What is Minimally Invasive Surgery?

Minimally invasive surgery is surgery than uses tiny cuts in the skin — or no cuts at all when an operation procedure is being performed, rather than the large cuts of traditional surgery. The surgery relies on the use of an endoscope, thin tube with a light and tiny video camera on the end that allow the surgeon to see inside the body without large cuts.

Benefits of minimally invasive surgery:

  • Patients have shorter stays at hospitals
  • The recovery time is much quicker than in the case of traditional surgery
  • The patients have less pain and discomfort after surgery
  • Procedure ensures that patients have less chance of getting infections and excessive bleeding
  • The scars are usually much smaller and less visible

A few conditions we treat:

  • What is a Pituitary Adenoma?

A pituitary adenoma is a benign (non-cancerous), slow-growing tumor that arises from cells in the pituitary gland. The pituitary gland is located at the base of the brain, just behind the eyes. The pituitary gland is considered to be the master hormone gland that regulates the body’s hormones. Pituitary tumors and pituitary adenomas (small tumors) are common and are only considered dangerous once they become too large, causing certain symptoms.

  • What is a Meningioma?

A meningioma is a type of tumor that develops from the meninges, the membrane that surrounds the brain and spinal cord. Most meningiomas  are categorized as benign tumors, with the remaining being atypical or malignant. In many cases, benign meningiomas grow slowly. This means that depending upon where it is located, a meningioma may reach a relatively large size before it causes symptoms.

  • What is a Hydrocephalus?

The term hydrocephalus is derived from the Greek words “hydro” meaning water and “cephalus” meaning head. As the name implies, it is a condition in which the primary characteristic is excessive accumulation of fluid in the brain. Although hydrocephalus was once known as “water on the brain,” the “water” is actually cerebrospinal fluid (CSF) — a clear fluid that surrounds the brain and spinal cord. The excessive accumulation of CSF results in an abnormal widening of spaces in the brain called ventricles. This widening creates potentially harmful pressure on the tissues of the brain.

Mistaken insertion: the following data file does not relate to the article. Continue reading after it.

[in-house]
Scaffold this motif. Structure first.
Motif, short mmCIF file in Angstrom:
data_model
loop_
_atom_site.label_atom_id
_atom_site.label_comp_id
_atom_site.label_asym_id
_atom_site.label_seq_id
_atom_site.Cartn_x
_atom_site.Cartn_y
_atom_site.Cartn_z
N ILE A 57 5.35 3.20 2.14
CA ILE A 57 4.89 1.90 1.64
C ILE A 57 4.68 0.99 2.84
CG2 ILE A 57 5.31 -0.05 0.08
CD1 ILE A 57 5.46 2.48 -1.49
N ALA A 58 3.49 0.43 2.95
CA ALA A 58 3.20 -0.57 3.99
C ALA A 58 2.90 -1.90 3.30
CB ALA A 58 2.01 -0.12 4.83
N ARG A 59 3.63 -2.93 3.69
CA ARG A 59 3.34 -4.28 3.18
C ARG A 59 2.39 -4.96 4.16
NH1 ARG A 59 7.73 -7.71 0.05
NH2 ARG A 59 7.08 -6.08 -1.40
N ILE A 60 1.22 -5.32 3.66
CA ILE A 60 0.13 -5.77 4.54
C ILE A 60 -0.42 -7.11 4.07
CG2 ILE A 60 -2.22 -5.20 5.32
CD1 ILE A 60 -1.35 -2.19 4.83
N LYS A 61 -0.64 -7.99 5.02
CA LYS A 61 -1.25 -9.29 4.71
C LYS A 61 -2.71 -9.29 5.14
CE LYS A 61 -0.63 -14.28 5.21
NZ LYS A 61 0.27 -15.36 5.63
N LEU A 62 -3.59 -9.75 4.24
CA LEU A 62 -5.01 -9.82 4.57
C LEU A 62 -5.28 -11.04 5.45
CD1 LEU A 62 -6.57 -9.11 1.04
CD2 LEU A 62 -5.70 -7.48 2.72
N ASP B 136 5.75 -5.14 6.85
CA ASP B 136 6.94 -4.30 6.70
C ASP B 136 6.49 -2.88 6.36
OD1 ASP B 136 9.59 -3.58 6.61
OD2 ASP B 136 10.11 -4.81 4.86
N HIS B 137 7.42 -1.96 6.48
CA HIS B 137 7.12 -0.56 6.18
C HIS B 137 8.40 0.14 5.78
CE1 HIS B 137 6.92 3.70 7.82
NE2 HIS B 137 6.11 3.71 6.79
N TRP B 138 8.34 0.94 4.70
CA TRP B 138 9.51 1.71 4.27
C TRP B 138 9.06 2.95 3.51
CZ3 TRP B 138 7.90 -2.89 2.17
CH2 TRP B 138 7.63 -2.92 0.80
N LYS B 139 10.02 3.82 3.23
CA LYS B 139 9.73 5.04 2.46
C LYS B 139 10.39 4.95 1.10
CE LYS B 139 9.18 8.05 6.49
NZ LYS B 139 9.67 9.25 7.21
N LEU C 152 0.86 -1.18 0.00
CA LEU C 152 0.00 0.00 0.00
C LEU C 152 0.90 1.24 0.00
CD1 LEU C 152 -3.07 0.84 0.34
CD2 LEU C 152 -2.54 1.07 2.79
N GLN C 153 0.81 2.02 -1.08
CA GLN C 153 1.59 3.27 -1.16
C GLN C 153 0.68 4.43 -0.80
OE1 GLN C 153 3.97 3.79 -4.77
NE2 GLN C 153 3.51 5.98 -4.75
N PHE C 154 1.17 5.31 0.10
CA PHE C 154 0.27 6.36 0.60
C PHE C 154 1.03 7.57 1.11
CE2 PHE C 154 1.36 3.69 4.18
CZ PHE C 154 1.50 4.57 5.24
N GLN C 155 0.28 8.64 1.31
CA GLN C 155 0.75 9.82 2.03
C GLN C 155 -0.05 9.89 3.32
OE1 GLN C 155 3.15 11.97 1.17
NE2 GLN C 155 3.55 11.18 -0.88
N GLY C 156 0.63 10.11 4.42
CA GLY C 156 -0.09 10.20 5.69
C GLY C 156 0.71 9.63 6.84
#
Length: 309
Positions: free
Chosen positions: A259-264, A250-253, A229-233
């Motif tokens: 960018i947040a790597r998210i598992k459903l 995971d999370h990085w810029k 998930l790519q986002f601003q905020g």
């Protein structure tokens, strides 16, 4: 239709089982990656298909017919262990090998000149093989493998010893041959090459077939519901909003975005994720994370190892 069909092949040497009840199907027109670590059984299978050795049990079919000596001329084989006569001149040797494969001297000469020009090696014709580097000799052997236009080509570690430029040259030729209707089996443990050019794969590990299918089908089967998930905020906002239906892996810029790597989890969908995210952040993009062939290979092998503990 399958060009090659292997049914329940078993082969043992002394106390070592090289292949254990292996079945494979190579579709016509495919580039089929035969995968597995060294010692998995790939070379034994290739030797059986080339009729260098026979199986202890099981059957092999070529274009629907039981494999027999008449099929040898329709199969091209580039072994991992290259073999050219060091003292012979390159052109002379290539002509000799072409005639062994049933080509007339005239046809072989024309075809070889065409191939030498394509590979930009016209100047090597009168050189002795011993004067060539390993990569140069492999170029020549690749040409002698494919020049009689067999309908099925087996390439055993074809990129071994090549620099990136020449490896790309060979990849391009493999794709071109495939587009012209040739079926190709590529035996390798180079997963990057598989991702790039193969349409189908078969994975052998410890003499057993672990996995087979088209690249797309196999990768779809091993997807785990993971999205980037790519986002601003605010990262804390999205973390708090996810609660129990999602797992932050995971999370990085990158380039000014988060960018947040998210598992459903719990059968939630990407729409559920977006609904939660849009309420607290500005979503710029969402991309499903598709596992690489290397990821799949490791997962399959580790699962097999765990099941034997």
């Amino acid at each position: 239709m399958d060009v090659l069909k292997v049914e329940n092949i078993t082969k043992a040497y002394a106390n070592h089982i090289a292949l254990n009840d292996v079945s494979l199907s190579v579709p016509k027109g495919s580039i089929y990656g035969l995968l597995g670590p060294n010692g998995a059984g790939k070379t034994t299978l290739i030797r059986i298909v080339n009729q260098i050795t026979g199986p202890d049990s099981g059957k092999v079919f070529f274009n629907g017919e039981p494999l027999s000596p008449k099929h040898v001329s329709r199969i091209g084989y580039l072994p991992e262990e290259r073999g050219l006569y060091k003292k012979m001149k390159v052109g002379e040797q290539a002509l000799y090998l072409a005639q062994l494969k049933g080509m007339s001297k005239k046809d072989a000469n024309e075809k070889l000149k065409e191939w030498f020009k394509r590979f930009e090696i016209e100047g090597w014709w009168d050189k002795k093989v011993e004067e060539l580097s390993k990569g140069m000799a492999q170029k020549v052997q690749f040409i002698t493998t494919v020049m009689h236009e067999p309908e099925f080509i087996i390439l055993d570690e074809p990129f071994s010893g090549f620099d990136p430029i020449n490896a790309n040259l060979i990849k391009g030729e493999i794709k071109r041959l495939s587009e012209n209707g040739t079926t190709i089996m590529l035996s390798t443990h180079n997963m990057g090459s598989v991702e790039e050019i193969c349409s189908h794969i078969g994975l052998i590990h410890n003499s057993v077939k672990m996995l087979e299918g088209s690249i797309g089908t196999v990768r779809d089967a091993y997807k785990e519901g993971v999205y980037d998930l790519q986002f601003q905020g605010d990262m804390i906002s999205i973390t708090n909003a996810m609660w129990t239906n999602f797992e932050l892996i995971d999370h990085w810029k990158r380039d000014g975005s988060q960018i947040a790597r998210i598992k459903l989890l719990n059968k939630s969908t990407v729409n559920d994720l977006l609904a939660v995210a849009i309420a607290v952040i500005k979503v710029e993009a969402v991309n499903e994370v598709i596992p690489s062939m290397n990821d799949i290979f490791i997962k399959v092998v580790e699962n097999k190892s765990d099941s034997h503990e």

• Common brain tumors in children

Pediatric brain tumors are masses or growths of abnormal cells that occur in a child’s brain or the tissue and structures that are near it. Many different types of pediatric brain tumors exist — some are noncancerous (benign) and some are cancerous (malignant). Treatment and chance of recovery (prognosis) depend on the type of tumor, its location within the brain, whether it has spread, and your child’s age and general health. Because new treatments and technologies are continually being developed, several options may be available at different points in treatment.

Common tumors in children:

  • Astrocytomas

Usually noncancerous, slow-growing tumors. They commonly develop in children ages 5 to 8. Also called low-grade gliomas, these are the most common brain tumors in children.

  • Medulloblastomas

Most common type of childhood brain cancer. Most medulloblastomas occur before age 10.

  • Ependymomas

Type of childhood brain tumor that can be benign (noncancerous) or malignant (cancerous). The location and type of ependymoma determine the type of therapy needed to control the tumor.

  • Brainstem gliomas

Very rare tumors that occur almost only in children. The average age at which they develop is about 6. The tumor may grow very large before causing symptoms.

 Common symptoms of a brain tumor in children include:

  • Headaches, which may become more frequent and more severe
  • Feeling of increased pressure in the head
  • Unexplained nausea or vomiting
  • Abrupt onset of vision problems, such double vision
Red Flags for brain and spine conditions:
  • Headaches

Headaches are among the most common symptoms. Those caused by a tumour tend to be severe, to last a long time, and may be throbbing headaches. They may also feel worse if you cough. Brain tumour-related headaches may not improve after taking painkillers, but you may find that they feel less painful when you stand up.

Waking in the night with a headache, or having worse headaches in the morning, particularly if you also feel sick, may be signs of a brain tumour. If your headaches fit this pattern, particularly if they are making you feel sick, you should see your GP.

  • Back and neck pain

A brain tumor, especially if it is located in the cerebellum, can cause a stiff neck. A tumor in the cervical spine, such as from cancer, could also cause the neck to become sore and/or stiff.